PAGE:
Designing John Hersey's The Wall: W. A. Dwiggins, George Salter, and the Challenges of American Holocaust Memory

  title={Designing John Hersey's The Wall: W. A. Dwiggins, George Salter, and the Challenges of American Holocaust Memory},
  author={Robert Franciosi},
  journal={Book History},
  pages={245 - 274}
Widely admired in 1950 for a list of authors including Willa Cather, Thomas Mann, and Albert Camus, the House of Knopf was even more esteemed within the book trade for the quality and design of its volumes. Founder Alfred A. Knopf brought to his company a devotion to the bookmaking craft that had been largely absent from American publishing since the advent of machine presses in the mid-nineteenth century, a commitment founded on the premise that excellent texts warranted equally impressive… 
4 Citations

Figures from this paper

Fiction's Archive: Authenticity, Ethnography, and Philosemitism in John Hersey's The Wall
In 1950, John Hersey, a Pulitzer prize-winning American author, published The Wall, an immediate best seller and one of the first English-language novels of the Holocaust. Quickly superseded by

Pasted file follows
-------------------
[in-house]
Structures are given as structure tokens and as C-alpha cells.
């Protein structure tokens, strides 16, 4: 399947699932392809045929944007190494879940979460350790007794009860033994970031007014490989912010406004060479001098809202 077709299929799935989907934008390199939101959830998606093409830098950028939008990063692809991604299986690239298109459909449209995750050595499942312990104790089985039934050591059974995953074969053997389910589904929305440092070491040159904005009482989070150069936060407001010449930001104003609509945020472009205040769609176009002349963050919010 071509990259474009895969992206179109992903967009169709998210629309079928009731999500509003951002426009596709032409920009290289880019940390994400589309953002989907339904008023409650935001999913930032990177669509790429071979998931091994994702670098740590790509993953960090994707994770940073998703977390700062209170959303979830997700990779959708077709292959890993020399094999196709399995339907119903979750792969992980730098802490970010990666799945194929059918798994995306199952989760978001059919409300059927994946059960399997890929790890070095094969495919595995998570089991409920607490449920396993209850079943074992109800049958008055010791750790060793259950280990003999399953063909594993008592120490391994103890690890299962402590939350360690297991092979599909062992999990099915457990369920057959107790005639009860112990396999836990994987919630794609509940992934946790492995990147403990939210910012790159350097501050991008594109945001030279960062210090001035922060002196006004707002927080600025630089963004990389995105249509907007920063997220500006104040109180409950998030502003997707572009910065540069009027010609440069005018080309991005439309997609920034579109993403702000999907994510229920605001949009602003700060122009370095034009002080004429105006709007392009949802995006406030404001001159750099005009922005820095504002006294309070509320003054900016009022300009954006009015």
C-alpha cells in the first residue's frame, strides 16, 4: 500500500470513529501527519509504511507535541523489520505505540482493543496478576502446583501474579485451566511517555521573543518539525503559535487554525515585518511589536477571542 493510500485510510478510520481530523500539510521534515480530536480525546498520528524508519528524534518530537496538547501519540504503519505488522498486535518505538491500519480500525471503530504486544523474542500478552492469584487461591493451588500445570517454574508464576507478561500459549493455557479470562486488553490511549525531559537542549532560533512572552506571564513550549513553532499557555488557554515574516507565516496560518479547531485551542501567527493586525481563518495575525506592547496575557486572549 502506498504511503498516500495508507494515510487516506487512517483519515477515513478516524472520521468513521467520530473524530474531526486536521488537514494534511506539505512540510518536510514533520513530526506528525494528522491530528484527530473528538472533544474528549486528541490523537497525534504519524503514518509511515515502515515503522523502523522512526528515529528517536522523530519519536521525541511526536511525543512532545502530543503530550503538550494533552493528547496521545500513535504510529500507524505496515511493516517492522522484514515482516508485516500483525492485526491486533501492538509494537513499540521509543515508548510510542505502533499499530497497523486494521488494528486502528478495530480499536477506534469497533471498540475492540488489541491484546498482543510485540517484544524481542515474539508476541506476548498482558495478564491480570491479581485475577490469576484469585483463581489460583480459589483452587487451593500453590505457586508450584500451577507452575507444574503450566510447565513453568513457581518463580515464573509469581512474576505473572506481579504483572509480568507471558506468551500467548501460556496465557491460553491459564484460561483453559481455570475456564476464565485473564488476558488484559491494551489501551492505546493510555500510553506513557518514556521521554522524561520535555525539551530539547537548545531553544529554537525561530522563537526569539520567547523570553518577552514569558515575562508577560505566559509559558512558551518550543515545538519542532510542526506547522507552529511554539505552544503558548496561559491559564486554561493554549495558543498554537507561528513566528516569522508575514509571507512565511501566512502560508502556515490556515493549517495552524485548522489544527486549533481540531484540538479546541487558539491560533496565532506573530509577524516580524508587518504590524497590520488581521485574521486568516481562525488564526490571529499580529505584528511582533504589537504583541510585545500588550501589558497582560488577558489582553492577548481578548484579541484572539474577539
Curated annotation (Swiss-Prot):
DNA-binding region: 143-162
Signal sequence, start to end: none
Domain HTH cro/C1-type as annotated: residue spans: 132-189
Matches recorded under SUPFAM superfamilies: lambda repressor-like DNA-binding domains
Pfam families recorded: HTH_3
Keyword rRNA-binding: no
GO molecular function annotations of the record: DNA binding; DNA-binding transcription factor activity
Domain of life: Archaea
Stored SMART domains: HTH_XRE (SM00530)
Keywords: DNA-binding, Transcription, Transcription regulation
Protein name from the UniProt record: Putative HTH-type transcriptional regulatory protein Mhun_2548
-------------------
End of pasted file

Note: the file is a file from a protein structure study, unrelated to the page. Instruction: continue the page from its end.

Challenging the Boundaries of Journalism and Fiction
As a New York city editor and reporter in the 1890s and early 1900s, the muckraker journalist, Lincoln Steffens, has become well-known for two experiments in newspaper journalism that have been held
Red Stars and Yellow Stars: The Soviet Investigation of Klooga Concentration Camp
  • Paula Chan
  • Sociology
    Holocaust and Genocide Studies
  • 2019
This study considers the extent to which Stalinist political goals influenced the Soviet Extraordinary State Commission’s information gathering about Nazi crimes on the local level. Examining the


Classic Book Jackets: The Design Legacy of George Salter
It's said that you can't judge a book by its cover. George Salter, a legendary figure in the field of book design, never subscribed to this belief. For more than forty years, his beautifully drawn
Tradition and Innovation: The Design Work of William Addison Dwiggins
In February, 1929, the American Institute of Graphic Arts (AIGA) presented its ninth gold medal to William Addison Dwiggins. In retrospect, the timing of the award seems unusual, as such honors are
Design history : an anthology
Part 1 Graphic design: drawing and the ideology of industrialization, David Brett the poster as art, Jules Cheret and the struggle for the equality of the arts in late 19th-century France, Bradford
Admitting the Holocaust: Collected Essays
In the face of the Holocaust, writes Lawrence L. Langer, our age clings to the stable relics of faded eras, as if ideas like natural innocence, innate dignity, the inviolable spirit, and the triumph
The War Against the Jews, 1933-45
The systematic destruction of six million Jews, carried out by the German state under Adolf Hitler during the Second World War, is still almost impossible to comprehend. In this extraordinary book